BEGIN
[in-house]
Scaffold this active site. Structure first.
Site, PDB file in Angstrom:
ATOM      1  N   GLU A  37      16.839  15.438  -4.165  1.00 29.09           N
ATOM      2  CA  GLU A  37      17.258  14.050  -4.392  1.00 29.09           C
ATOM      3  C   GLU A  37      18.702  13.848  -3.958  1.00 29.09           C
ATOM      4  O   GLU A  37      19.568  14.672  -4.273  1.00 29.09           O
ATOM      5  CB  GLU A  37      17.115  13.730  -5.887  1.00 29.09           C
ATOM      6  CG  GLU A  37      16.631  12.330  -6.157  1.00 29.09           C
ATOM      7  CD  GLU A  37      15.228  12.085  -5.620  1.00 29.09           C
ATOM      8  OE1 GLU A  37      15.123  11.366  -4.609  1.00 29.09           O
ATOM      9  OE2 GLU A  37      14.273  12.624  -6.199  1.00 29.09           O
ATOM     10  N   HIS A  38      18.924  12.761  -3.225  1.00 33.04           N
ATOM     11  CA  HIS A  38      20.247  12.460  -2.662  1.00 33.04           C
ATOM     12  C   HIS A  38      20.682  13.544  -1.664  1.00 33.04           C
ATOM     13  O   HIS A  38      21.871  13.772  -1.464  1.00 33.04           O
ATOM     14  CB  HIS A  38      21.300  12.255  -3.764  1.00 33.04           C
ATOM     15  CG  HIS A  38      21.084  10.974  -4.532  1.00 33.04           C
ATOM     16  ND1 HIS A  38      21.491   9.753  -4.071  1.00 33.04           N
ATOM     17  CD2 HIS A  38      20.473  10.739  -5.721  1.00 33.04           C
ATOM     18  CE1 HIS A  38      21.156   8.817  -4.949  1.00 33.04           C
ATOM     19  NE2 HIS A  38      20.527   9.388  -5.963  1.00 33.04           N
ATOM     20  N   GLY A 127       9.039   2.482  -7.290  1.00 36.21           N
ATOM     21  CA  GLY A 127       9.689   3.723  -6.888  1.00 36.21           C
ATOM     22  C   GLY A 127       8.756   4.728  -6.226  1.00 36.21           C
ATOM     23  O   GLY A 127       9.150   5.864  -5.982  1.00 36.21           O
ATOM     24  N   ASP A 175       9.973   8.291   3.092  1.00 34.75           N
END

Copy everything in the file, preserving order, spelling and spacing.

[in-house]
Scaffold this active site. Structure first.
Site, PDB file in Angstrom:
ATOM      1  N   GLU A  37      16.839  15.438  -4.165  1.00 29.09           N
ATOM      2  CA  GLU A  37      17.258  14.050  -4.392  1.00 29.09           C
ATOM      3  C   GLU A  37      18.702  13.848  -3.958  1.00 29.09           C
ATOM      4  O   GLU A  37      19.568  14.672  -4.273  1.00 29.09           O
ATOM      5  CB  GLU A  37      17.115  13.730  -5.887  1.00 29.09           C
ATOM      6  CG  GLU A  37      16.631  12.330  -6.157  1.00 29.09           C
ATOM      7  CD  GLU A  37      15.228  12.085  -5.620  1.00 29.09           C
ATOM      8  OE1 GLU A  37      15.123  11.366  -4.609  1.00 29.09           O
ATOM      9  OE2 GLU A  37      14.273  12.624  -6.199  1.00 29.09           O
ATOM     10  N   HIS A  38      18.924  12.761  -3.225  1.00 33.04           N
ATOM     11  CA  HIS A  38      20.247  12.460  -2.662  1.00 33.04           C
ATOM     12  C   HIS A  38      20.682  13.544  -1.664  1.00 33.04           C
ATOM     13  O   HIS A  38      21.871  13.772  -1.464  1.00 33.04           O
ATOM     14  CB  HIS A  38      21.300  12.255  -3.764  1.00 33.04           C
ATOM     15  CG  HIS A  38      21.084  10.974  -4.532  1.00 33.04           C
ATOM     16  ND1 HIS A  38      21.491   9.753  -4.071  1.00 33.04           N
ATOM     17  CD2 HIS A  38      20.473  10.739  -5.721  1.00 33.04           C
ATOM     18  CE1 HIS A  38      21.156   8.817  -4.949  1.00 33.04           C
ATOM     19  NE2 HIS A  38      20.527   9.388  -5.963  1.00 33.04           N
ATOM     20  N   GLY A 127       9.039   2.482  -7.290  1.00 36.21           N
ATOM     21  CA  GLY A 127       9.689   3.723  -6.888  1.00 36.21           C
ATOM     22  C   GLY A 127       8.756   4.728  -6.226  1.00 36.21           C
ATOM     23  O   GLY A 127       9.150   5.864  -5.982  1.00 36.21           O
ATOM     24  N   ASP A 175       9.973   8.291   3.092  1.00 34.75           N